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The WIPO report

Photonics Spectra
Jan 2010
Patent filings are decreasing each year, but experts say not to worry

Amanda D. Francoeur,

Francis Gurry, director general, states in the foreword of a 2009 report by the World Intellectual Property Organization (WIPO), “History has shown … that companies and countries which continue to invest in new products and innovation during times of economic recession will be those that will be best positioned to take advantage of the recovery, when it arrives.”

At a time when the intellectual property market is declining worldwide, ultimately affecting innovation and financial growth, he believes it is essential to persevere in human creativity and inventiveness. However, statistics from the report show that the global economy has slowed down patent filings, and although the numbers are still positive, the percentages continue to decline each year. Nevertheless, Gurry and fellow experts from the organization assert that the future looks bright.

WIPO, headquartered in Geneva, is a specialized United Nations agency that promotes intellectual property protection internationally. The organization issued the World Intellectual Property Indicators 2009, including annual trends, based on utilization of patents and other forms of intellectual property in 2007.

Innovation interrupted

Research and development are supported by cash flow, so if funds aren’t available, innovation may come to a standstill.

An estimated 6.3 million patents were in force globally in 2007 with two of the five largest patent offices – the US and Japan – filing 47 percent of the total, according to the report. Yet international patent filings are likely to fall this year by 5 percent, Gurry states.

In 2007, the US Patent and Trademark Office had the largest number of patents in force with more than 1.8 million. Along with Japan and China, the US was also leading in gross domestic product as well as research and development, and the three countries accounted for 59.2 percent of filings in 2007. Thereafter, the US Patent and Trademark Office lost its standing to Japan as 2008 brought zero growth; this year international applications are down by 14 percent. A report by the Organisation for Economic Co-operation and Development claims that total investments in the US for the first quarter of 2009 were down 60 percent from the year before.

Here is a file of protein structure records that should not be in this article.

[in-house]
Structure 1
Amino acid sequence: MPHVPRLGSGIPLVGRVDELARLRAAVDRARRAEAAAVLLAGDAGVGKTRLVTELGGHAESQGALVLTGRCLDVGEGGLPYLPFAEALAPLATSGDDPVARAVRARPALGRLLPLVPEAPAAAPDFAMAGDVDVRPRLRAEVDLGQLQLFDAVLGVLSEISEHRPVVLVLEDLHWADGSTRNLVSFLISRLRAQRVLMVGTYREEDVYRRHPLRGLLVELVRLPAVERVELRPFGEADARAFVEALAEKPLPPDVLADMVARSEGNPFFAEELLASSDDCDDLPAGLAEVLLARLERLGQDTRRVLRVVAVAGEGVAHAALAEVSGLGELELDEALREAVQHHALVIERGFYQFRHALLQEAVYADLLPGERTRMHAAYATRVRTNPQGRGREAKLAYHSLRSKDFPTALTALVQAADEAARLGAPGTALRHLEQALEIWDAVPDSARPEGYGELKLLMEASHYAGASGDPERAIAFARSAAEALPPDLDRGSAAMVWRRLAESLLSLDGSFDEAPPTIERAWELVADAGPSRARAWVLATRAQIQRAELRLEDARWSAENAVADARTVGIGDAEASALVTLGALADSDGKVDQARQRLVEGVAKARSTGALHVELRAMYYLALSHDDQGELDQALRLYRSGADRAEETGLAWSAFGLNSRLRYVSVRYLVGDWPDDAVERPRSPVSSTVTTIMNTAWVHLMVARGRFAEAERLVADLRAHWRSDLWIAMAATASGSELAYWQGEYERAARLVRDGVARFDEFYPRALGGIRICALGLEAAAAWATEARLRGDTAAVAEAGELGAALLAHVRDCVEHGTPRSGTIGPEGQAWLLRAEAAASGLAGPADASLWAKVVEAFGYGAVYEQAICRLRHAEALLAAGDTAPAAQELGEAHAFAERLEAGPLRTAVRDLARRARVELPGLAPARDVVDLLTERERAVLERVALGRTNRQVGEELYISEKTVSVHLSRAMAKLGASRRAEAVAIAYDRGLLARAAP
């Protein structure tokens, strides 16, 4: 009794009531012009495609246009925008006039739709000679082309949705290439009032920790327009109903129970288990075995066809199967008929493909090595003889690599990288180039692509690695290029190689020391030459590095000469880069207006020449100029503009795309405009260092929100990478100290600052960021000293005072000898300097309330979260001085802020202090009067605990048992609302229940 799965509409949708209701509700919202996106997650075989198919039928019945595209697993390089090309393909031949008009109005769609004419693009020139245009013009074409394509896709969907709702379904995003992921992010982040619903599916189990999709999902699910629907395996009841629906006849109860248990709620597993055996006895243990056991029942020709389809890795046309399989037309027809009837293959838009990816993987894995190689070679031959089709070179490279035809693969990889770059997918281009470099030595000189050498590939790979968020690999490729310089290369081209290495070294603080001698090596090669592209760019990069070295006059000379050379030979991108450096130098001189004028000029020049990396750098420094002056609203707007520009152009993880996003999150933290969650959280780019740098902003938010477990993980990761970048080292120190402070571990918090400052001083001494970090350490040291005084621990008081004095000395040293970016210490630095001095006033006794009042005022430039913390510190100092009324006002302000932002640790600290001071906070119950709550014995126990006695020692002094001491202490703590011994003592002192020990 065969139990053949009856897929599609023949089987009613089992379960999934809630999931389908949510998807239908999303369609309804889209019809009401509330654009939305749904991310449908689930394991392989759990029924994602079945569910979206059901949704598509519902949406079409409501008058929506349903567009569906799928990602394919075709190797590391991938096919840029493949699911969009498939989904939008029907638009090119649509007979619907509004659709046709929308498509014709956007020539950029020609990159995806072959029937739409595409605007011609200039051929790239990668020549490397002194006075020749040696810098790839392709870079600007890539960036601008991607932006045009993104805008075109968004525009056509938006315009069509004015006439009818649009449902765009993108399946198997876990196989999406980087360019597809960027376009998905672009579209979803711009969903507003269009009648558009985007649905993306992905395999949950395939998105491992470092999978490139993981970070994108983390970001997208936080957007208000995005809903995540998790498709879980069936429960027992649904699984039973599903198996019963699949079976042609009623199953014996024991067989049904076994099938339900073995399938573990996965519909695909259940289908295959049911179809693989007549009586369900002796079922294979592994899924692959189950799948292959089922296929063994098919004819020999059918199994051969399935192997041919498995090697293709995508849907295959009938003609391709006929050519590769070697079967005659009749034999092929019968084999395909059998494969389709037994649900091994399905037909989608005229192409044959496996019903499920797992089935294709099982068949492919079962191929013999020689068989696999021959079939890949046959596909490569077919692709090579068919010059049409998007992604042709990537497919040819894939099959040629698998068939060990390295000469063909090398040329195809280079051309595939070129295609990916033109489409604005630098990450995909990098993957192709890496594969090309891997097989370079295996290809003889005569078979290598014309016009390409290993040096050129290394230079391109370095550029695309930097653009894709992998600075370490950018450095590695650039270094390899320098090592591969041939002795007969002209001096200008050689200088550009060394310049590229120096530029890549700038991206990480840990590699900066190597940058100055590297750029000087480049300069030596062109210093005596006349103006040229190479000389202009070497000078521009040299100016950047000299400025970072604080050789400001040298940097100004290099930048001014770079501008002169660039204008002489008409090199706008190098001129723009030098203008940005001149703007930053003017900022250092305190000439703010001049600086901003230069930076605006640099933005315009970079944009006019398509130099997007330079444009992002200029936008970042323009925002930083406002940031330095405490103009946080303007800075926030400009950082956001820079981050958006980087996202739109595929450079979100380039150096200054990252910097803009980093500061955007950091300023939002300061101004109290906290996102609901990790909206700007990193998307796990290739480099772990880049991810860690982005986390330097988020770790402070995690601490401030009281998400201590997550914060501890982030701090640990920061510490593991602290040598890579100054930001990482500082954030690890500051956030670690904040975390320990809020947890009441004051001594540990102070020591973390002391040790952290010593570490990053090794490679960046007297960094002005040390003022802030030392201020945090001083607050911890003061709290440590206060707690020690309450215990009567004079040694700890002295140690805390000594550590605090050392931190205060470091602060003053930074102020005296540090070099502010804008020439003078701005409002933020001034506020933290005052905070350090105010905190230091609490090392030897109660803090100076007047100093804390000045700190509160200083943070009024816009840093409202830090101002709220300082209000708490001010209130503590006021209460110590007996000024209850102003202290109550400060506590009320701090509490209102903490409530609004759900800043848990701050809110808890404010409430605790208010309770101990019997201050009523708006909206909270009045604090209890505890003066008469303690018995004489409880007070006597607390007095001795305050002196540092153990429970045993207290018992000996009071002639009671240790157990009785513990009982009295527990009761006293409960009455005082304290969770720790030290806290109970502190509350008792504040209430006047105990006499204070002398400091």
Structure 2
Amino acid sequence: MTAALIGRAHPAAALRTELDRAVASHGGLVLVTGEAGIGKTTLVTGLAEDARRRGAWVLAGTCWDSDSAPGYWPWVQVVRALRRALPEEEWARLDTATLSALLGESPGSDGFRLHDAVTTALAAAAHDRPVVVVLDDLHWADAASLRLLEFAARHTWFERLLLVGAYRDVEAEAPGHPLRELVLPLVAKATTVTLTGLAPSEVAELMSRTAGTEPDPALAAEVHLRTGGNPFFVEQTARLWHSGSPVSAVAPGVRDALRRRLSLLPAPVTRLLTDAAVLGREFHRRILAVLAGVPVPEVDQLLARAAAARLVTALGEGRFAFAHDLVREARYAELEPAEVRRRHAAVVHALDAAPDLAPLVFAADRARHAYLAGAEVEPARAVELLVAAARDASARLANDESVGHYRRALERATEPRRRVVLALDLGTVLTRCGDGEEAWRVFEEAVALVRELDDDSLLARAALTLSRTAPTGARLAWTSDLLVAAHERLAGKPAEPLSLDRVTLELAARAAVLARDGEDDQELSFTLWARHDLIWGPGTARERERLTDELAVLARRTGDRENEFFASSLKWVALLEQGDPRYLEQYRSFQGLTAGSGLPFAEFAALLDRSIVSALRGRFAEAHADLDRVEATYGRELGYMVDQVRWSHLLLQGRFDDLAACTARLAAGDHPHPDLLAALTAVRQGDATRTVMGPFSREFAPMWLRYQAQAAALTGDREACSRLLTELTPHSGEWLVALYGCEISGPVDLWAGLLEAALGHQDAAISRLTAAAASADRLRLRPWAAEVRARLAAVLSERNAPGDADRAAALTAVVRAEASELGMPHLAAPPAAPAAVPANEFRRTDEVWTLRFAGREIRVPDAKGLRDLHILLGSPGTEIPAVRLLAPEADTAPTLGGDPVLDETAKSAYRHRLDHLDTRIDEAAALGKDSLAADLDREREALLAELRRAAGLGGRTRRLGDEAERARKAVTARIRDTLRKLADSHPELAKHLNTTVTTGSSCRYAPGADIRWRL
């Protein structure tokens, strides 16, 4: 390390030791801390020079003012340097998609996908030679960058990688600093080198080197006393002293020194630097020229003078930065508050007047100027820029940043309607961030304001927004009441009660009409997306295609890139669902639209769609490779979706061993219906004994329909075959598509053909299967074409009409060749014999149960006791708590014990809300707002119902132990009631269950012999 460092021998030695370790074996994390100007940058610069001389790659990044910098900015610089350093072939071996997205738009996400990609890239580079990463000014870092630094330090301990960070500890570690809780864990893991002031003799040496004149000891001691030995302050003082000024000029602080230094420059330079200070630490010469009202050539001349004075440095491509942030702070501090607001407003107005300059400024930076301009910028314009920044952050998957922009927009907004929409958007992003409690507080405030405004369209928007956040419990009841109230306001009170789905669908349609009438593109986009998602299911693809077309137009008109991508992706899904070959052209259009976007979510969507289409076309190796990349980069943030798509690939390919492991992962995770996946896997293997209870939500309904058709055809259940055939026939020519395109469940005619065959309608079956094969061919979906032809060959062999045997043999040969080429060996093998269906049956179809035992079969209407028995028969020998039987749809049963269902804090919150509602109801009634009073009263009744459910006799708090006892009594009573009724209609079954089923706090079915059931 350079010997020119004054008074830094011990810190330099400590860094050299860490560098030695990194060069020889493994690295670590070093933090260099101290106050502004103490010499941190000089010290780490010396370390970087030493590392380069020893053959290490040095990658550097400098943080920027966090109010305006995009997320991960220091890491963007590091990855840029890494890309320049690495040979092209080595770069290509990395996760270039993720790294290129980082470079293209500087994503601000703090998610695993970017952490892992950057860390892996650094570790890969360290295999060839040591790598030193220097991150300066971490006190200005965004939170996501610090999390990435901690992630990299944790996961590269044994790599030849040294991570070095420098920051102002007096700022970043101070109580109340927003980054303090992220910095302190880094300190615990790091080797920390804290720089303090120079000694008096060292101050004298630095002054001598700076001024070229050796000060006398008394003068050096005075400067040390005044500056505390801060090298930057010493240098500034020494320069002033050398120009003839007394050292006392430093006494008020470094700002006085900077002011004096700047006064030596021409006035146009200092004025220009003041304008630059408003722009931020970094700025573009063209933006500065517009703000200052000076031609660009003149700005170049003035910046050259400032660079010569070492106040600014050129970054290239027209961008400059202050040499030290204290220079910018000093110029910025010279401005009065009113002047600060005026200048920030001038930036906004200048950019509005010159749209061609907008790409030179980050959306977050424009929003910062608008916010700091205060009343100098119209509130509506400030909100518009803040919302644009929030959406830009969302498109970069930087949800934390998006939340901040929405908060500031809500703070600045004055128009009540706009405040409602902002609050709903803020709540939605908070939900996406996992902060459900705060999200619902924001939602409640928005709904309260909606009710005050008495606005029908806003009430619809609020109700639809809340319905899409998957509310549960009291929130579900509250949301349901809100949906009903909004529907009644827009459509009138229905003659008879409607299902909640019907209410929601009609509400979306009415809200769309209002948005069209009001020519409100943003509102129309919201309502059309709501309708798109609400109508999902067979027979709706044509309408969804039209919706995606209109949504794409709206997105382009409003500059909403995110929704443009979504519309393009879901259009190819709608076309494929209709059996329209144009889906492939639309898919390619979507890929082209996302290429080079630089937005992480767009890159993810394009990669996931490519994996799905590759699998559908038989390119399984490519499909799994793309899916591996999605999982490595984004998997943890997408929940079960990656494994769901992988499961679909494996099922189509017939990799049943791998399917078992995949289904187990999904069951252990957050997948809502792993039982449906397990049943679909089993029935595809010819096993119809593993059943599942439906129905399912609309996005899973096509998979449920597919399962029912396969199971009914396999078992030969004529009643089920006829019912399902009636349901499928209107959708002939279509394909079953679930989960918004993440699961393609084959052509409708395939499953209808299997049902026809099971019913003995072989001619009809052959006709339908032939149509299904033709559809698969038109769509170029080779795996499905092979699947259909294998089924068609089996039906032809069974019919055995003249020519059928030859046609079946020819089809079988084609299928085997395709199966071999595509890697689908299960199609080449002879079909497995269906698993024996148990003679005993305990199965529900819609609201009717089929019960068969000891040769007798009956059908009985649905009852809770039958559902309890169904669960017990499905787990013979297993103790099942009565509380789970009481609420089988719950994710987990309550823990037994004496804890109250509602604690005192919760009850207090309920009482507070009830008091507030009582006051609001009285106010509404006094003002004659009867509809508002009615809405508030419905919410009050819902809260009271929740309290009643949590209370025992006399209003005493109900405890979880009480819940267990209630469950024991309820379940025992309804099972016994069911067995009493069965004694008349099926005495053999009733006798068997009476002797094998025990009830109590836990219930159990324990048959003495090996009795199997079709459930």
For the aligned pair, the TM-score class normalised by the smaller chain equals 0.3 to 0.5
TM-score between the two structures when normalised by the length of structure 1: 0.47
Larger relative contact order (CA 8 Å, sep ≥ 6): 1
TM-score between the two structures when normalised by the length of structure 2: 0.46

Certainly, the US is not the only country affected by the crisis, as figures show a deceleration in patent filings worldwide. In 2006, filings increased by 5.2 percent, while in 2007 they increased by only 3.7 percent. Preliminary figures indicate a further reduction in 2008.

Although the patent filing rate is losing speed, patents are still a primary channel for novel discoveries. “If you look at the number of patent filings around the world in 2008, [they] still show positive growth over 2007,” said Carsten Fink, WIPO’s chief economist.

“Having looked at 2009 data, there has been a decline in research and development investments and a sharp fall in venture capital financing,” Fink said. However, he believes the outlook is promising. “One can be more optimistic – most major economies have emerged from recession,” he said, emphasizing that the economic crisis hit fully in the third quarter of 2008.

Staying positive

In contrast to the US, emerging nations in regions such as East Asia have had strong intellectual property growth. In particular, patent filings in China and South Korea grew exponentially in the past decade. As recently as the first quarter of this year, China’s international filings increased 19 percent. Fink stated that, as companies in China are experiencing rapid growth, their business leaders are becoming increasingly familiar with intellectual property and the patent system.

Another perspective is that some countries are thriving in certain technological areas, Fink said. As stated in the WIPO report, between 2002 and 2006, as the rate for the filing of optical patents grew by 4.2 percent globally, Japan ranked first in number filed. The US, Australia, Israel and the UK prospered mostly from patents in the medical technology industry.

Until data for 2009 has been collected, it remains undetermined as to what direction patent filings have headed this year or where they will go in the future. But according to Fink, the worst of the recession is over; according to Gurry, finding solutions for the recession through investment in innovation should result in a sustainable future.

The technology of generating and harnessing light and other forms of radiant energy whose quantum unit is the photon. The science includes light emission, transmission, deflection, amplification and detection by optical components and instruments, lasers and other light sources, fiber optics, electro-optical instrumentation, related hardware and electronics, and sophisticated systems. The range of applications of photonics extends from energy generation to detection to communications and...
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